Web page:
I don't mean to speak out of turn here, but things are kind of dead at Silicon Sasquatch. The why of it might not matter to you, but in an effort to be transparent, here's where we're at:

  • Aaron's working and living his life in Portland. I'm not sure what he's been up to, actually, which bums me out.
  • Doug's leaving to go teach in Japan in a matter of days.
  • Tyler's back home in the States for a brief visit, but he'll also be going back to Japan.
  • Spencer is, presumably, doing the Seattle thing.
  • My work and social lives are both great, but when combined, they're all-consuming.

That's all well and good. I'd argue that we're all in better places right now than we were a year or two ago, and ultimately, that's probably what matters most.

There's just one problem: I miss this blog like hell.

For me and Aaron, and for Doug too, this site symbolized our post-collegiate aspirations. The story's old-hat by now and way too commonplace in our generation to have any significance to a third party, but you can imagine our situation: we were all broke, depressed and -- more often than not -- stuck living in our parents' proverbial basements. (Very few houses have basements these days.) Like kids, we wanted to pretend that we could fulfill our dreams. It's probably not coincidental that those dreams revolved around a product whose core appeal is escapism.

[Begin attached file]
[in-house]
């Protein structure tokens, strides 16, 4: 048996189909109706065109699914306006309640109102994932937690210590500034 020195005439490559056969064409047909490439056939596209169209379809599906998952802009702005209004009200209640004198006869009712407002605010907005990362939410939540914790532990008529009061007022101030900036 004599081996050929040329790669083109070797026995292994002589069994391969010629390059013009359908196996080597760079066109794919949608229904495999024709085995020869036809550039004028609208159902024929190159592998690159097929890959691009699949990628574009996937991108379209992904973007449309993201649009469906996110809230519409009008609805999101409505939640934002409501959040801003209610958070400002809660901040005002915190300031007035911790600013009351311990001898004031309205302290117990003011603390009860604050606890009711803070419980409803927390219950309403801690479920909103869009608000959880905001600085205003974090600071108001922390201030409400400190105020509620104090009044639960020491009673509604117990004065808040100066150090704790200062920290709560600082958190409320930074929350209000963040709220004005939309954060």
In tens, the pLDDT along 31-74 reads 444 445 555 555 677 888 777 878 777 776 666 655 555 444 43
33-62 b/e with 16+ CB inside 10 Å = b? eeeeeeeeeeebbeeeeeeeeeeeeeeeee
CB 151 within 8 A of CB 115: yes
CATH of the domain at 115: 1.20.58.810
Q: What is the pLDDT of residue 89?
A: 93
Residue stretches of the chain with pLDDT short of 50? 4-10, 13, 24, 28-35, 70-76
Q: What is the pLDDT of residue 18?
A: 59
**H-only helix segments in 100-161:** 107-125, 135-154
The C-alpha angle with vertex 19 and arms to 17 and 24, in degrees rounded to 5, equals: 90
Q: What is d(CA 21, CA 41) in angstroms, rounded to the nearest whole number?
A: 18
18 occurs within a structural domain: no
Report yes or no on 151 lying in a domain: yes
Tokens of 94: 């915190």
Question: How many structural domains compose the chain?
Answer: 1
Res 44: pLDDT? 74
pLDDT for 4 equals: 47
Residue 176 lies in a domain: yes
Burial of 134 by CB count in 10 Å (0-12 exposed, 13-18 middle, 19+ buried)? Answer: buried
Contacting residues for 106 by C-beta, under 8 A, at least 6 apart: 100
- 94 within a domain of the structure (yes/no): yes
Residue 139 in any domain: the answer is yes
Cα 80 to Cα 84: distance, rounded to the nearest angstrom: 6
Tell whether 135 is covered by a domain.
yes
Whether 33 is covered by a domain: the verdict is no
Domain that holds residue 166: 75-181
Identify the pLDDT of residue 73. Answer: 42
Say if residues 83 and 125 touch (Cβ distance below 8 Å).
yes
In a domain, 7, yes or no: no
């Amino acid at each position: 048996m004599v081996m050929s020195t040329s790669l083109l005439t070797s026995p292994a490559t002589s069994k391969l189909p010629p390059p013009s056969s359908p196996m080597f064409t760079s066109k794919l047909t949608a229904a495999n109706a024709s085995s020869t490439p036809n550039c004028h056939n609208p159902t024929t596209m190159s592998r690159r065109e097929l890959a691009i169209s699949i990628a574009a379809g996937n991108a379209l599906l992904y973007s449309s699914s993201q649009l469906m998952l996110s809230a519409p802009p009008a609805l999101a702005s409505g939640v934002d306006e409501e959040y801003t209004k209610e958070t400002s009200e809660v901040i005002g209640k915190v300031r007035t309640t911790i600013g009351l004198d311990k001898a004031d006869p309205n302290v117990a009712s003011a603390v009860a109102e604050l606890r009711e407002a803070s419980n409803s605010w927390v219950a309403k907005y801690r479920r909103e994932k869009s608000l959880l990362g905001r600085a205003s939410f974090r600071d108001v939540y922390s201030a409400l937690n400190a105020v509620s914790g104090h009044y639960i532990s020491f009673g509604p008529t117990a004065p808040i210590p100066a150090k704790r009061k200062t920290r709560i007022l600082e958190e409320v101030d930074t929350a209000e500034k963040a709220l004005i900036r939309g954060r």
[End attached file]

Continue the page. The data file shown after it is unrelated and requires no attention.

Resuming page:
If I were a pessimist, I'd say we had been incredibly naïve over the last few years. But that's not true. We've gained so much from building a product together, from the countless meetings and hundreds of hours spent writing and editing, from both the close calls and the landmark achievements.

As a person grows older, they realize that wisdom can be defined as an increased awareness of how little a person is capable of knowing. We had high hopes for this blog -- dreams of wish-fulfillment, of self-made success, of a career founded in idealism and passion.

Looking back on what we've done with this blog in less than three years, I'm shocked at just how big an accomplishment it is. If we hadn't had Silicon Sasquatch, Aaron and I would have probably just kept playing World of Warcraft. We wouldn't have learned nearly as much about entrepreneurship, journalistic integrity and creative problem-solving. Without our self-imposed editing standards, we'd be a lot more attached to our writing, and the writing we'd produce would be so much shittier. We wouldn't have a real, tangible, hard-copy book with our names on it. We wouldn't be published authors. I can confidently say that I wouldn't be where I am today if not for the hard work we all put in on this project.

So why am I writing this? Why here, and why now?

I feel like I just came home after decades abroad and discovered some old, forgotten car caked in dust and cobwebs in a dank garage. It used to be something, and what it used to be still resonates with me today. And I bet if I learned to appreciate that, I'd find the direction and willpower to fix it up and make it better than ever.

So, guys -- what do you think?

It'd have to be different this time around. We'd have to embrace some big changes and accept that we won't be able to do things the old way. But when I think about what this blog represents for me, and all the hope that it inspired in me through some of the roughest years of my life -- I mean, come on.

Why the fuck not?